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Solicitors’ clients need more than investment advice

Recent clarification from the Solicitors Regulation Authority that solicitors should only refer clients to IFAs for investment advice is very welcome.

The SRA, which is the regulatory arm of the Law Society, says the clarification was needed as it had become aware of multi-tied and tied advisers approaching law firms touting for business.

The SRA says firms must always act in the best interests of the client and “this means they must refer clients to IFAs for investment advice”.

One name in particular springs to mind when you hear the SRA outline its reasons for the clarification – St James’s Place. For the last few years, the representative body for solicitor IFAs, Sifa, has been vocal in its concern that SJP may have been persuading solicitors to refer business to its multi-tied agents.

Sifa has lobbied tirelessly for this issue to be addressed by the SRA and it has to be hoped that the new rules offer an increased opportunity for IFAs to expand their legal business connections.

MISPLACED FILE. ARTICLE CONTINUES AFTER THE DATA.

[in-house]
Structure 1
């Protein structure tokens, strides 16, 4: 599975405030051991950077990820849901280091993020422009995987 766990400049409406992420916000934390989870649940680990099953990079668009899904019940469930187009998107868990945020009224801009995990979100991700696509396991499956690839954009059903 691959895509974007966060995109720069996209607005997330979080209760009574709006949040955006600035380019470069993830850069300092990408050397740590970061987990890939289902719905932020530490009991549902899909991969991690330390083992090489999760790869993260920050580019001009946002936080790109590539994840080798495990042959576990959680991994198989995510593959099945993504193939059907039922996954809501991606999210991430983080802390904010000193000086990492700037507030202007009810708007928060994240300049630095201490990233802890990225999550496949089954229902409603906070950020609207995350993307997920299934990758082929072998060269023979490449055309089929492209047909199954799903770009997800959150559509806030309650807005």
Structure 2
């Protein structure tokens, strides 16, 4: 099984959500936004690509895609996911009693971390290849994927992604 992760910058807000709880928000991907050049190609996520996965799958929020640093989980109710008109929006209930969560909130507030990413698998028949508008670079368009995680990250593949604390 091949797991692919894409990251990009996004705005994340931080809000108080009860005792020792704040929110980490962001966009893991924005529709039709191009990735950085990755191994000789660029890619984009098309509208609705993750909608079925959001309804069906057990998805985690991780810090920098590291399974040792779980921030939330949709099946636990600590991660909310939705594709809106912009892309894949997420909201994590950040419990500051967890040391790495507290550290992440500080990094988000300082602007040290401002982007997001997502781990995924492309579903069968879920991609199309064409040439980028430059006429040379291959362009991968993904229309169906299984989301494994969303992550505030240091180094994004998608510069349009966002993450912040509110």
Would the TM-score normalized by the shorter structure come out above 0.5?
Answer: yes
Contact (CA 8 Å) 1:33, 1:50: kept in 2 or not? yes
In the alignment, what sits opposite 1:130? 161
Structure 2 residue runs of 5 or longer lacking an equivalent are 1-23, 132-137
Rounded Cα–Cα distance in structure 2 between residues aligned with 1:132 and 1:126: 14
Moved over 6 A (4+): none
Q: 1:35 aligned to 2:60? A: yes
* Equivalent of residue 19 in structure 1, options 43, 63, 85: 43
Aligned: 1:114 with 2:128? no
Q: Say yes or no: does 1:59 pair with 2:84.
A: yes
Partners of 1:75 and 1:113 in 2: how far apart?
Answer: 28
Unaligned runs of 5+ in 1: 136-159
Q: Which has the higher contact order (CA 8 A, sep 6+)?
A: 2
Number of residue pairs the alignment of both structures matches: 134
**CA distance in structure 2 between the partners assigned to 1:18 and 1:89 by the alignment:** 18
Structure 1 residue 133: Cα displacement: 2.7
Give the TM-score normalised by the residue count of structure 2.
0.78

On the back of the clarification, SJP has updated its guidance to partners accordingly, highlighting the fact that clients needing investment advice can only be forwarded to IFAs. But this guidance goes on to say SJP partners can still pitch for referrals for advice on inheritance tax planning, trusts, long-term care, mortgages and protection.

Surely if the SRA is of the view that accessing independent advice is in the best interest of the client for investment business, it should be of the same opinion for IHT planning, protection and mortgages? This should especially be the case when considering the complex advice that is often required around IHT and trusts.

Worries about continued consumer confusion around certain types of advice should be high on the agenda of those putting the finishing touches to the final retail distribution review document.

The RDR is set to create a strict barrier between independent, whole-of-market advice and the restricted advice of firms operating multi-tied and tied models. There is nothing wrong with operating different advice models as long as the consumer is clear on the type of advice they are receiving.

Problems occur when certain firms try to blur this distinction through clever marketing and sales techniques.

FSA staff promise to be extra vigilant in policing firms that attempt to blur this line. Let’s hope that they stick to their word.

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